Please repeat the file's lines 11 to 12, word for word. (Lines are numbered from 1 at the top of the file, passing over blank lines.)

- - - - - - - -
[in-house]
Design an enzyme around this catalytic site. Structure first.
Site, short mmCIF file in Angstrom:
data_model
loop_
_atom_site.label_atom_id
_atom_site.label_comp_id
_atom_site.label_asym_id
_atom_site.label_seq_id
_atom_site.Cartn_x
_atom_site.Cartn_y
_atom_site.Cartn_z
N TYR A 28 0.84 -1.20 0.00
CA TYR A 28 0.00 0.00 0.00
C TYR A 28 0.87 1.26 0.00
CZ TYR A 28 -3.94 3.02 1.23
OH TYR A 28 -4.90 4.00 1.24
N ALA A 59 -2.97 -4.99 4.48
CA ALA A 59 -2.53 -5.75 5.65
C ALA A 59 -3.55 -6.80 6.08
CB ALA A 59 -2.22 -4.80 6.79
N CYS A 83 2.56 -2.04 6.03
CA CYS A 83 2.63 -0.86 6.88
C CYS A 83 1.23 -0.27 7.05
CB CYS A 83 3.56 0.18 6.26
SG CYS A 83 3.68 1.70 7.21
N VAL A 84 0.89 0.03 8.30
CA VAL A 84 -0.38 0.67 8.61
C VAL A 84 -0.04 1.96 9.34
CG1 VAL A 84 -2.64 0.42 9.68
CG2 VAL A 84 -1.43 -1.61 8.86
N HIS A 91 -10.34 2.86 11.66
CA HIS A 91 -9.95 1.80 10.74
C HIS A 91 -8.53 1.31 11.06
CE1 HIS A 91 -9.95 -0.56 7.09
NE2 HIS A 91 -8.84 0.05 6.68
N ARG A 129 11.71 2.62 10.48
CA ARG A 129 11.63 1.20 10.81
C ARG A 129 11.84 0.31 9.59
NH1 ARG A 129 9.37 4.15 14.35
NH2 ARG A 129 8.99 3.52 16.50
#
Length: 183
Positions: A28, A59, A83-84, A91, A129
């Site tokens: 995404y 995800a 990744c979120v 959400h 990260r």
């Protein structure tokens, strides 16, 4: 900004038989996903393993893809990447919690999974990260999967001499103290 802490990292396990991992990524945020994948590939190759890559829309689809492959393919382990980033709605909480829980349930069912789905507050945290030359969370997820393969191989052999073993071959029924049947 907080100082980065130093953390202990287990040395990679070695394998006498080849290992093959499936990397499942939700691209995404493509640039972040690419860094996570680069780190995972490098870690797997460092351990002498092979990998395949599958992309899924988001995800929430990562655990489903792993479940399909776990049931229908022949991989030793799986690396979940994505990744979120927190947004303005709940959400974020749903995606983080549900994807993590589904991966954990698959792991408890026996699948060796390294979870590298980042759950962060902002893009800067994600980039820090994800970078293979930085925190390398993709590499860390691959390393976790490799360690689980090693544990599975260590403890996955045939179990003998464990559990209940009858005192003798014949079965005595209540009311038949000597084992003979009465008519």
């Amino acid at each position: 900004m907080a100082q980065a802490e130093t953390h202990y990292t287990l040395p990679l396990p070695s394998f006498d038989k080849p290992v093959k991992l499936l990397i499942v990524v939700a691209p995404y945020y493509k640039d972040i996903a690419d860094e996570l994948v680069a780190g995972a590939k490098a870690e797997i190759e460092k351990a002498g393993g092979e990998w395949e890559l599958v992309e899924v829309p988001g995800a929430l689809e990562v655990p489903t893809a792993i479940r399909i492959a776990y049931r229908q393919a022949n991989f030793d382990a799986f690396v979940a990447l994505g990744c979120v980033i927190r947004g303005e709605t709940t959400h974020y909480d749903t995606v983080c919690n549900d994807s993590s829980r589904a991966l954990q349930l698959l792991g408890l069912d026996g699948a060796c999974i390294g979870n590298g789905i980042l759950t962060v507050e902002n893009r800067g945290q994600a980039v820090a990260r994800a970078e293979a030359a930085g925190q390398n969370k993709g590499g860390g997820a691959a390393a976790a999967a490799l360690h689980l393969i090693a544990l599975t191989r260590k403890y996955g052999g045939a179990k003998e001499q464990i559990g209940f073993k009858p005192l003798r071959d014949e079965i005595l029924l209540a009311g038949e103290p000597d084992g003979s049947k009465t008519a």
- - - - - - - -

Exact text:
_atom_site.Cartn_y
_atom_site.Cartn_z